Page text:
Nothing screams “jazz” like an 18" bass drum. For some bebop jazz drummers, it’s all they ever play. Gretsch has created a new line of kits that feature small bass drums, matching wood snares, covered finishes, and entry level pricing. They call it the Catalina Club series. With their classic styling and fine sound, they should prove popular with drummers looking for an affordable, dedicated kit for jazz, drum ’n’ bass, or other gigs requiring portability and low volume. Let’s take a look at them.
Two versions of this kit are available. One includes a 16" x 16" bass drum, 8" x 6" and 10" x 7" rack toms, 13" x 13" inch floor tom, with a 12" x 5" snare, that seems geared towards drum ’n’ bass or hip-hop music. The kit I reviewed is definitely the jazz version of the set. It comprised an 18" x 16" bass drum, 12" x 8" mounted tom, 14" x 14" floor tom, and a matching 14" x 5" snare, with a full complement of Gibraltar hardware.
There are some similarities and differences between these drums and the traditional Gretsch jazz drum sets you may know. These Catalina Club drums have 6-ply 100-percent mahogany shells, and not maple/gum shells for you Gretsch purists. Like many, but not all of their recent kits, these drums have Gretsch’s classic 30-degree bearing edges. The rounder bearing edges increase the size of the contact area between head and shell, and transmit more vibration to the shell, increasing the drum’s resonance. No silver sealer was on the interior of these shells.
Mahogany is known for its warm rich tone, and these drums have those characteristics in spades, but without sounding muddy. They didn’t lack brightness and attack though. I found the sound balanced and appropriate for jazz or rock.
All these drums have center-mounted, low mass lugs. The mounted tom uses a GTS suspension mount for added sustain. The rims are 1.6mm stamped steel hoops rather than the die-cast hoops Gretsch made popular. Regrettably, there are only three Nitron covered finishes available to select from, White Marine, Black Marine, and Silver Sparkle. The kit I reviewed had the classic White Marine finish.
There is a “Made In Taiwan” sticker on each square Gretsch badge, like you might find on the bottom of a curio. This is a tacky, but legal requirement. If these were my drums, I’d peel them off at the first opportunity.
Evans manufactured the Gretsch Permatone heads on the set. The bass drum comes with a set of pre-muffled heads that have a ring around their circumference. The bass drum batter head is clear while the logo head is white with no port. There were coated single-ply heads on the snare and tom batters, with clear resonant-side heads underneath.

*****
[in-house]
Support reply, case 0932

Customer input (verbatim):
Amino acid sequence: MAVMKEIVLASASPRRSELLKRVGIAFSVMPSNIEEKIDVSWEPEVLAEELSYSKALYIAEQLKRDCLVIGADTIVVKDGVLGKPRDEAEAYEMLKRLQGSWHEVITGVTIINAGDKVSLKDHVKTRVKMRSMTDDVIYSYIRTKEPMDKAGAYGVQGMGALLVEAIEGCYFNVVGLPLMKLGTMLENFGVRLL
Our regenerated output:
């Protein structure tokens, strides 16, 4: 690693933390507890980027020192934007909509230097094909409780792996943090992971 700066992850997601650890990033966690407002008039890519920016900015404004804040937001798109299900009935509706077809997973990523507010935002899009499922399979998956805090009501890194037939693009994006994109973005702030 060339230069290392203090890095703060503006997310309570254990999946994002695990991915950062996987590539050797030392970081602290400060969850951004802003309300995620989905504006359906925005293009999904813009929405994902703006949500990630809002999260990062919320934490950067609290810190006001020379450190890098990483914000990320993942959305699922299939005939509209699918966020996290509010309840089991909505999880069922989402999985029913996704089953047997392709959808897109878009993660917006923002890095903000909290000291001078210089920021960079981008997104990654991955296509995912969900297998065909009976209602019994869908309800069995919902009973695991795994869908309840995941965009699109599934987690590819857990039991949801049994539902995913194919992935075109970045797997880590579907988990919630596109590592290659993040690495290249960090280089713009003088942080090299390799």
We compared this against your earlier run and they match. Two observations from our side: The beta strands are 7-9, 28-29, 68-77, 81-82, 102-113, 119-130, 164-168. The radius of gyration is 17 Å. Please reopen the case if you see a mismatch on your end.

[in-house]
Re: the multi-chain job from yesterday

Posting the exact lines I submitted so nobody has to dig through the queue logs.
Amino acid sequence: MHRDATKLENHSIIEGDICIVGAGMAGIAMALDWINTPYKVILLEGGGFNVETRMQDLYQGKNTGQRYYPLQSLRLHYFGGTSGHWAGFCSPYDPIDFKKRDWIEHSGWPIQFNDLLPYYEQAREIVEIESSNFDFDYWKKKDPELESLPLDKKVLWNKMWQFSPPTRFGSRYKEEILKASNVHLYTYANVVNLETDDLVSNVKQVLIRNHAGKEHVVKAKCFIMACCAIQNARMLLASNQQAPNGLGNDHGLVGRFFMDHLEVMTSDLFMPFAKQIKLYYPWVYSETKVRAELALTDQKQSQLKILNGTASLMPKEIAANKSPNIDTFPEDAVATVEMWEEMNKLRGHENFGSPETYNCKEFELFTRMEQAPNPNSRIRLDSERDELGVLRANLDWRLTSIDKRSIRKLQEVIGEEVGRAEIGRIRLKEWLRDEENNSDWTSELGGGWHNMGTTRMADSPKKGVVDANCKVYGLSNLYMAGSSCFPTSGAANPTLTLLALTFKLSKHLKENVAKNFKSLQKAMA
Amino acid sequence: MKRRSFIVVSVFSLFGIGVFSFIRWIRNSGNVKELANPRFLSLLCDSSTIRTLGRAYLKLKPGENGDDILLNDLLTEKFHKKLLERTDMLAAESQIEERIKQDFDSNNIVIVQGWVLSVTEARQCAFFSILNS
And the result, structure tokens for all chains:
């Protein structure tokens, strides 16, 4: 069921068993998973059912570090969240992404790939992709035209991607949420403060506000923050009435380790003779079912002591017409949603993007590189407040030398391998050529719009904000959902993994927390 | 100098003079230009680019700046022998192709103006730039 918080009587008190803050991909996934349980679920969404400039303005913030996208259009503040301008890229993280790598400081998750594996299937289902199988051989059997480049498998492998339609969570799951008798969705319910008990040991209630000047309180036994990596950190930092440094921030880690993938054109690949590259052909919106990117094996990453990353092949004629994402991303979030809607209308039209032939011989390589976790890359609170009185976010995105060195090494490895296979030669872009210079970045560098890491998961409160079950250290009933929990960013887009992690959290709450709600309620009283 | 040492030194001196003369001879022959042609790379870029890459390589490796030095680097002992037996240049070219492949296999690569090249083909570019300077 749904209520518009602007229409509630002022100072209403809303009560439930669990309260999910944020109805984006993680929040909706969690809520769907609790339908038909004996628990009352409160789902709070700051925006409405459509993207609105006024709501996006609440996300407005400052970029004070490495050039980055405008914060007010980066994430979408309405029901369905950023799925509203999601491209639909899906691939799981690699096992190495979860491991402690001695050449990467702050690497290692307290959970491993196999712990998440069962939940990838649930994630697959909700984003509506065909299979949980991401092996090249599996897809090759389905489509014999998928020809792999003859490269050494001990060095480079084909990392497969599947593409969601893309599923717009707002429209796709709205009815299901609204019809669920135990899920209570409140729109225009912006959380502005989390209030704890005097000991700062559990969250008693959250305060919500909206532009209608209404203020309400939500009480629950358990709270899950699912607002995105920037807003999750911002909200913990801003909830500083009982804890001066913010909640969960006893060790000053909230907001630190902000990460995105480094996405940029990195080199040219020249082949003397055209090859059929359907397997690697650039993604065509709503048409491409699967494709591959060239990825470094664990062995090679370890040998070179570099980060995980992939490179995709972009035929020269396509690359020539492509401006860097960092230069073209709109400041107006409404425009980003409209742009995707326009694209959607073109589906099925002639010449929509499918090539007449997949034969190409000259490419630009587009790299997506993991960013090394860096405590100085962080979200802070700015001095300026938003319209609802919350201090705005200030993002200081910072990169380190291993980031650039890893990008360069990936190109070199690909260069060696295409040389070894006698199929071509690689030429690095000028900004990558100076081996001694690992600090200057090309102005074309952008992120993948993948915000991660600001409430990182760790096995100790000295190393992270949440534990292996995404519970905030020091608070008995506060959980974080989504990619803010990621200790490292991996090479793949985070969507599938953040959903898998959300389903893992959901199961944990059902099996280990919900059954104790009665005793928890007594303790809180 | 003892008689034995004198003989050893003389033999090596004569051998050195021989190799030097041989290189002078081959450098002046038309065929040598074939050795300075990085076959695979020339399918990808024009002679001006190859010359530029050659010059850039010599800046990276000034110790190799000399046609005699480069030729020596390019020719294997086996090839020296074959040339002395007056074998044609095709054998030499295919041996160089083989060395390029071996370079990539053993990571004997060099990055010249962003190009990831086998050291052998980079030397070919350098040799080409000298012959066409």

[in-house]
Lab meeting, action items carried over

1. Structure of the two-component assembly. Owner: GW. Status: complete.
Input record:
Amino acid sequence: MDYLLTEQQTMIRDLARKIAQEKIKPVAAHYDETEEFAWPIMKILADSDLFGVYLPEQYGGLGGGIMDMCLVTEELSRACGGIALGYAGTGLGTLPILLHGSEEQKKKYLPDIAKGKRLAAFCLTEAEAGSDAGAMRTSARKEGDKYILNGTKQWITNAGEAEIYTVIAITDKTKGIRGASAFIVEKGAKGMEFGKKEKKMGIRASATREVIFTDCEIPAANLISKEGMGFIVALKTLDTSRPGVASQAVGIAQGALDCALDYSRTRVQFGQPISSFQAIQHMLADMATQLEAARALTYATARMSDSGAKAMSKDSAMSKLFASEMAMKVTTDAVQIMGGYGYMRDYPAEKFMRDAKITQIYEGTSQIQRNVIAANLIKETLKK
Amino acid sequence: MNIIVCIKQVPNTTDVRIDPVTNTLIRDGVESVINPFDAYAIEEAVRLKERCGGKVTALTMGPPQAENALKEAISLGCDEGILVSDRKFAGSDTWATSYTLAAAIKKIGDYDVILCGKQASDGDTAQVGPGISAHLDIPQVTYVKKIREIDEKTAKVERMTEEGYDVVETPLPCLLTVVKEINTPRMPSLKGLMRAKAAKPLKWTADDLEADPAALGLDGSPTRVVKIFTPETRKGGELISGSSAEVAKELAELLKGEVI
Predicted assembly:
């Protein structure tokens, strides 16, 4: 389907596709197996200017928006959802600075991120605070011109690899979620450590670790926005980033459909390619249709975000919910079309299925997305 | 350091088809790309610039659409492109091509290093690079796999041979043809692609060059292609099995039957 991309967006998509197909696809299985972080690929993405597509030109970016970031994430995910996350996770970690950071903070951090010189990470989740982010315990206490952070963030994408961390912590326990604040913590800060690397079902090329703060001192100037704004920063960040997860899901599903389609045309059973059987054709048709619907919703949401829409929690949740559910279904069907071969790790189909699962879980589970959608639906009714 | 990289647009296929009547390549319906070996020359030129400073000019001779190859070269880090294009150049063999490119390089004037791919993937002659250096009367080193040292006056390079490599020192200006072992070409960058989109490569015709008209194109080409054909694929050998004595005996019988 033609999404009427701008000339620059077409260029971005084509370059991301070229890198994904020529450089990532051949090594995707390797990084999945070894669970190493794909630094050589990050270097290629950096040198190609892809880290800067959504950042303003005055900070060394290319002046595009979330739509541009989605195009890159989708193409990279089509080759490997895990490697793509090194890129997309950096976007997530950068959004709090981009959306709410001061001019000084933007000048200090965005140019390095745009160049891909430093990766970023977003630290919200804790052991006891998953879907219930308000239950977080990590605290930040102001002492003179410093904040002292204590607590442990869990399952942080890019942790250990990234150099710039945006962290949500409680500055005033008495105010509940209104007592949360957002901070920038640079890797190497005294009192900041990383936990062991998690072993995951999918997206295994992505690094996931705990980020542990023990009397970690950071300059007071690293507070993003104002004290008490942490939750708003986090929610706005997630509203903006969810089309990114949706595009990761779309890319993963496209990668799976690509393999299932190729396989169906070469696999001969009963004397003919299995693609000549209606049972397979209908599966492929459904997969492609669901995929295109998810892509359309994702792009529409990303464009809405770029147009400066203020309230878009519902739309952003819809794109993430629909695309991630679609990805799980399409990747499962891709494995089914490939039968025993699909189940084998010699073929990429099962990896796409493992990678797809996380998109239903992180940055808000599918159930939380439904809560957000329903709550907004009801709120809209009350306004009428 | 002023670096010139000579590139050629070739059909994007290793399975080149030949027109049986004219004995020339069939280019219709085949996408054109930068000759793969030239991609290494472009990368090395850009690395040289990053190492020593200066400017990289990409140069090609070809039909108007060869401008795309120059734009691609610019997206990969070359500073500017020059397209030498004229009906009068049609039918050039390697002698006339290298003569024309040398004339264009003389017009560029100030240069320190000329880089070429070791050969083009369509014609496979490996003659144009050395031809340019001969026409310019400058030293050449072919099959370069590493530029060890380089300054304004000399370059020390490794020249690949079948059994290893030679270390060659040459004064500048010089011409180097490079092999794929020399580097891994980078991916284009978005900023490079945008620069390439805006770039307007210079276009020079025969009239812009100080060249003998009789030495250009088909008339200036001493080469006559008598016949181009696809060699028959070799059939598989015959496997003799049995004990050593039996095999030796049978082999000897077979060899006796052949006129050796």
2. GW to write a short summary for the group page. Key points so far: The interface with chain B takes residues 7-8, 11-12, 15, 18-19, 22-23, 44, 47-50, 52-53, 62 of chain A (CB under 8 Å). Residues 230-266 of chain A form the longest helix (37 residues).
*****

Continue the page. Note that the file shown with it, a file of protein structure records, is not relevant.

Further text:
The single-lug, center-mounted design on each of these drums adds to the retro look of the kit. Reducing the amount of hardware on the shell should also increase the resonance of each drum. On the bass drum, which has much longer tension rods, this design requires that you take a moment or two to make sure the tension rods are completely straight. Once I put the heads and hardware on the bass drum, I found I had to redo the placement of the bass drum claws to keep the rods aligned. Otherwise, it looks a little … well, goofy. I noticed that one of the bass lugs in the catalog photo could have benefited from a little more placement care. All the other drums have hoops, which obviously keep the screws straight.
The bass drum was equipped with telescopic spurs and retractable spikes to adhere it to any type of flooring. The maple bass drum hoops have a smooth satin finish that looks very nice. The drum had a nice sound when tuned high that would work well on a jazz gig. Tuned lower the drum had a decent depth but being so small, it obviously didn’t put out a lot of volume. At this tuning, it would work nicely in a pop group at a quieter gig. I didn’t have the opportunity to try porting the head or miking the drum, but the heads have an internal muffling ring which did a good job of balancing the drum’s attack-to-ring ratio. No additional muffling was needed.
It’s remarkable that they include a matching wood snare at this price point. The snare strainer is a side throw-off model seen on many Gretsch snares. It worked quietly and well, holding the 20-strand Gretsch wires in place. The snare drum had a wide tuning range. Tuned low, with the snares looser, it sounded like a much larger drum, with a tubby tone that would work great on a ballad. As I raised the pitch, the crispness increased. Up high, the drum had good sensitivity. Overall, the snare had good rimshots, crispness, and a woody tone. The rim-click was a little subdued for my liking. The drum doesn’t have die-cast hoops, so the best rim-click was found by striking the hoop directly over a tension screw. I found the drum responded nicely to brushes too. I liked this drum and think it’s a fine sounding, yet inexpensive wood snare.